…Ian Paisley and Gerry Adams, sitting side by side for their first news conference in Stormont, confirmed that power-sharing would begin on 8 May.
Mr Paisley said the DUP was committed to full participation in government and Mr Adams said it was a “new era”.
…The British and Irish governments had said they would shut the assembly if an executive was not agreed on Monday.
Emergency legislation will now be rushed through Parliament on Tuesday to give effect to the 8 May power-sharing deal.
Mr Adams - wearing his Easter lily to commemorate those who died in the 1916 rebellion - and Mr Paisley were sitting at one corner of a table at Stormont.
[Guestblogger’s note: at far right in that linked photo is First Minister-presumptive Paisley’s probable Deputy First Minister, Martin McGuinness, former member of the IRA Army Council high command. Oh wouldn’t I love to be a fly on the wall at the upcoming governmental Meetings :]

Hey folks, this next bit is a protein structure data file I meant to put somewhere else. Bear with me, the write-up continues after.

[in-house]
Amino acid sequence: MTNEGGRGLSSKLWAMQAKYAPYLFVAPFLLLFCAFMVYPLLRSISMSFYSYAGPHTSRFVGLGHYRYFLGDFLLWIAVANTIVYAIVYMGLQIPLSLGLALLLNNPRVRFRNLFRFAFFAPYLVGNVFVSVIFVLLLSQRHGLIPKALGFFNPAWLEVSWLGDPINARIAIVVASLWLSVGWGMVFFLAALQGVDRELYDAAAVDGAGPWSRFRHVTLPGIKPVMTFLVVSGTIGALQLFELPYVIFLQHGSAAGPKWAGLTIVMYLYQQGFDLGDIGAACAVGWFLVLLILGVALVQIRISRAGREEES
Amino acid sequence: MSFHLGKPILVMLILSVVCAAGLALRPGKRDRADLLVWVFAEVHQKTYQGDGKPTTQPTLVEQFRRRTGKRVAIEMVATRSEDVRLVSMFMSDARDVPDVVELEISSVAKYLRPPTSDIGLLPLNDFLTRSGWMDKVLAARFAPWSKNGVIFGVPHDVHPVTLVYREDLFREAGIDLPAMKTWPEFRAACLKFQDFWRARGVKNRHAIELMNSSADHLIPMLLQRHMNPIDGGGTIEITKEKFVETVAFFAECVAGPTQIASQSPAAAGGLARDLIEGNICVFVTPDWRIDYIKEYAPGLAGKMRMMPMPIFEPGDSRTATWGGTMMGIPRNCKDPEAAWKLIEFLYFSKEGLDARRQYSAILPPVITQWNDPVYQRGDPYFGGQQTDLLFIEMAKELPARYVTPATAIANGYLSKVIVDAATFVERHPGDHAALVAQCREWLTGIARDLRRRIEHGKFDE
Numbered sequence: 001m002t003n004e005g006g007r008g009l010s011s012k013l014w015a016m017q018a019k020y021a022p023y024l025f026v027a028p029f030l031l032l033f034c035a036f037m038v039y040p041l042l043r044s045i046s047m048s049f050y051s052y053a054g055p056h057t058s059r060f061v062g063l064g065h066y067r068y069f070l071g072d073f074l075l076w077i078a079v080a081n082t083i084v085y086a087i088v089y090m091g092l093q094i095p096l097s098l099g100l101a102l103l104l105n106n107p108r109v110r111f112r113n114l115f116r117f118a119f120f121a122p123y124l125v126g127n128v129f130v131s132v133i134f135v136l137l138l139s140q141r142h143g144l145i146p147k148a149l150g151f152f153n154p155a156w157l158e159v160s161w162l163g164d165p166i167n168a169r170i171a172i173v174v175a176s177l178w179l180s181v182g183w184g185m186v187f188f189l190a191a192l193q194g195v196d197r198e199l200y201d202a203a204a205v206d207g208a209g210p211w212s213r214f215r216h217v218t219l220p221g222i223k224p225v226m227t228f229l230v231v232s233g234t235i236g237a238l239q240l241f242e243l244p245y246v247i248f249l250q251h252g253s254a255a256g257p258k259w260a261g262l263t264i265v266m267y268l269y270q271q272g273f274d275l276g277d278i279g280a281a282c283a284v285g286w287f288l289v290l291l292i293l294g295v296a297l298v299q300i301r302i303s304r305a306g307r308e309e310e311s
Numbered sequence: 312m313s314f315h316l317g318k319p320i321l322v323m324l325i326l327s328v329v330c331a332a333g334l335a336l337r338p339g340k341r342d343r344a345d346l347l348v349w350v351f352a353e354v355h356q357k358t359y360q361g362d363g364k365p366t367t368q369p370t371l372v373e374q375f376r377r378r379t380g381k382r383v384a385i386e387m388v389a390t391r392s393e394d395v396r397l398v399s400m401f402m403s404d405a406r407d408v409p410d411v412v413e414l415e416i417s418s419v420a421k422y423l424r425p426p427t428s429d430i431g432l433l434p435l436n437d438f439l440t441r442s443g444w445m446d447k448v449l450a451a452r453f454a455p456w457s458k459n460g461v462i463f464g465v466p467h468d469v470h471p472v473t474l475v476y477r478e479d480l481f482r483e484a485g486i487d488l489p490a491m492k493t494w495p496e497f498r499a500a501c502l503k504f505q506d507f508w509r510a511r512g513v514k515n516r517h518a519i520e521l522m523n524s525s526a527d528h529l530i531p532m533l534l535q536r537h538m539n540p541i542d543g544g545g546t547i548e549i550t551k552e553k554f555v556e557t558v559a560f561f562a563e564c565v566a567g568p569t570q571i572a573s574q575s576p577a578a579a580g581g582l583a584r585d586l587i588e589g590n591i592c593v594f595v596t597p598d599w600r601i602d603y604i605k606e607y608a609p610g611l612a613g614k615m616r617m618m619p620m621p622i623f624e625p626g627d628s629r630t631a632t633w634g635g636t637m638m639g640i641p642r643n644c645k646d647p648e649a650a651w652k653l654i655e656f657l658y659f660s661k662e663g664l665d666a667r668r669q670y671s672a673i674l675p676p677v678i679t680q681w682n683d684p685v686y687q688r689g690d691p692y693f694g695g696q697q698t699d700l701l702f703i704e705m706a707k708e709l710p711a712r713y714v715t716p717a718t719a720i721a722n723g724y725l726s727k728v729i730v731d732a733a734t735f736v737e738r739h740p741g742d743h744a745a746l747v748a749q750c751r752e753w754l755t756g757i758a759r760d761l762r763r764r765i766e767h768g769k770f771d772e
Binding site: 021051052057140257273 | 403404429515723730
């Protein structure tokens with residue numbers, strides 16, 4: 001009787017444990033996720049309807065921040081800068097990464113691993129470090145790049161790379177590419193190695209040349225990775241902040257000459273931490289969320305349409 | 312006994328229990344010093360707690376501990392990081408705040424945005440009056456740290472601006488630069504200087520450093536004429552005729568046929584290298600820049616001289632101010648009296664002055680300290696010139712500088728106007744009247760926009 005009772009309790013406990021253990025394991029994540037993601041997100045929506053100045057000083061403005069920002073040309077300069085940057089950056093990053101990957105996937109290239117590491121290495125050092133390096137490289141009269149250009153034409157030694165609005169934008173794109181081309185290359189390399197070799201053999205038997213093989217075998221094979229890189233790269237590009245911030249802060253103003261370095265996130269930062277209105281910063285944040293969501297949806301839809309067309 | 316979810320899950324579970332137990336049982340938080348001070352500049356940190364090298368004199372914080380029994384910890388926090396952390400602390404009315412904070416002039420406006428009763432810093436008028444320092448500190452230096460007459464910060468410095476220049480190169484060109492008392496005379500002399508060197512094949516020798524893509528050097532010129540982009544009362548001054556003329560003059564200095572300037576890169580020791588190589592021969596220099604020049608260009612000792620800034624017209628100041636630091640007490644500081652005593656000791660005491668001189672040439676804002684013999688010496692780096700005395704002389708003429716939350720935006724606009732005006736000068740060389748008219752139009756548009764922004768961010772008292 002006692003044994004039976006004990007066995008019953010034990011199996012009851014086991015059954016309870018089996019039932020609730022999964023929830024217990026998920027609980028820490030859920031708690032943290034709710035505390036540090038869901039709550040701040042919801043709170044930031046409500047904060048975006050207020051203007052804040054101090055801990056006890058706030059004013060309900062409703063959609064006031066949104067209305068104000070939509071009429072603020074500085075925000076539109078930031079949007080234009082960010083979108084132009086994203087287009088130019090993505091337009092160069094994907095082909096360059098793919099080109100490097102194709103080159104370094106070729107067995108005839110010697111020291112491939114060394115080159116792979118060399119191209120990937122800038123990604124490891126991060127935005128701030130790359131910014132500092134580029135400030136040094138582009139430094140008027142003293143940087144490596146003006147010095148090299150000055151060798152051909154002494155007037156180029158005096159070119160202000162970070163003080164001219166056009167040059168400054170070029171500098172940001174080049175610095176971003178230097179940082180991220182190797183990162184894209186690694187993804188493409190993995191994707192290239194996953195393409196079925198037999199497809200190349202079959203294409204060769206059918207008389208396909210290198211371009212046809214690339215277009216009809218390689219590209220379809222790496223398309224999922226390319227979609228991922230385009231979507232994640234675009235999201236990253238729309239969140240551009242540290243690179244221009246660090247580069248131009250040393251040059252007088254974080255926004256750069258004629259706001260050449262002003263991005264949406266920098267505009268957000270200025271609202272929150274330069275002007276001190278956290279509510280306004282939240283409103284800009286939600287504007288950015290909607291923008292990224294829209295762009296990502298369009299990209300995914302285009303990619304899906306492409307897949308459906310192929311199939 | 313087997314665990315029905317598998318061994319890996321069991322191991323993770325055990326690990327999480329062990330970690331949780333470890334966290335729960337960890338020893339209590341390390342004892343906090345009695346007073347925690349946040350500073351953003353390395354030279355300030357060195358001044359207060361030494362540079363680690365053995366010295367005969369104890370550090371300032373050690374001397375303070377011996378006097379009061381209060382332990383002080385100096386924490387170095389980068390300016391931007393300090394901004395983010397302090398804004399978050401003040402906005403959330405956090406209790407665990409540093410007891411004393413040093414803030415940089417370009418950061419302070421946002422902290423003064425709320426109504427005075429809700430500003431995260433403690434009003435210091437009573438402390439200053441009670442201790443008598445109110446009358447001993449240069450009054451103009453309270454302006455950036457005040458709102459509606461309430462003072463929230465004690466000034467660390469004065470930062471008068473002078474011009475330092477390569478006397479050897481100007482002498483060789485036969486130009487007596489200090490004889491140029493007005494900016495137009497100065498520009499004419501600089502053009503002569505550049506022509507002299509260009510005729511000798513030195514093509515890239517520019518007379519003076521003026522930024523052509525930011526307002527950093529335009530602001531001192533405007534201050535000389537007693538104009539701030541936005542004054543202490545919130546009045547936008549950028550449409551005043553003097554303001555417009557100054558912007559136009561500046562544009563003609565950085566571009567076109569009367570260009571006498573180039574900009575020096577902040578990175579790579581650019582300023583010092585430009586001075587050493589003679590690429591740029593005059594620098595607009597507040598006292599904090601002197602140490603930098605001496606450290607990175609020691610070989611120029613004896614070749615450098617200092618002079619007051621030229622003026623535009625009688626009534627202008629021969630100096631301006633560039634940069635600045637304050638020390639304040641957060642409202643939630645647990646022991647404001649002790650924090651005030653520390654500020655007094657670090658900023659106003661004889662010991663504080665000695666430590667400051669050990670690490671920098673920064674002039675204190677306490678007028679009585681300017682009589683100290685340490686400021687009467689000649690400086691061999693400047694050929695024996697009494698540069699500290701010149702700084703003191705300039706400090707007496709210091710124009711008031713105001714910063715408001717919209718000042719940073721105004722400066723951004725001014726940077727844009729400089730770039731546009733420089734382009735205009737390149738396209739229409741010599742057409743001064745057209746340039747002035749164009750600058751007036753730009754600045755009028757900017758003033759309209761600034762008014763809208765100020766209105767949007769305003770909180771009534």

…Prime Minister Tony Blair said it was “a very important day for the people of Northern Ireland, but also for the people and the history of these islands”.
“Everything we have done over the last ten years has been a preparation for this moment.”
Irish Prime Minister Bertie Ahern said this had “the potential to transform the future of this island”.
…In the assembly election earlier this month, the DUP and Sinn Fein emerged as the two largest parties.
…The Northern Ireland Assembly has been suspended since October 2002, amid allegations of an IRA spy ring at Stormont.
A subsequent court case collapsed. Direct rule has been in place since that date.
Good job, boys. / Now hold fast to that spirit.
UPDATE: Here’s a good BBC wrap-up re the Significance of the day’s events. Money quotes:
…Such was the symbolic power of it all that the image of Gerry Adams and Ian Paisley side by side at the conference table will surely come in future as the image that defines the peace process.
… Ian Paisley and Gerry Adams still represent two parties which will disagree about almost everything once power-sharing is restored but almost everyone in Northern Ireland understands the significance of this moment; in future, differences will be resolved inside a parliament, not in the streets beyond it.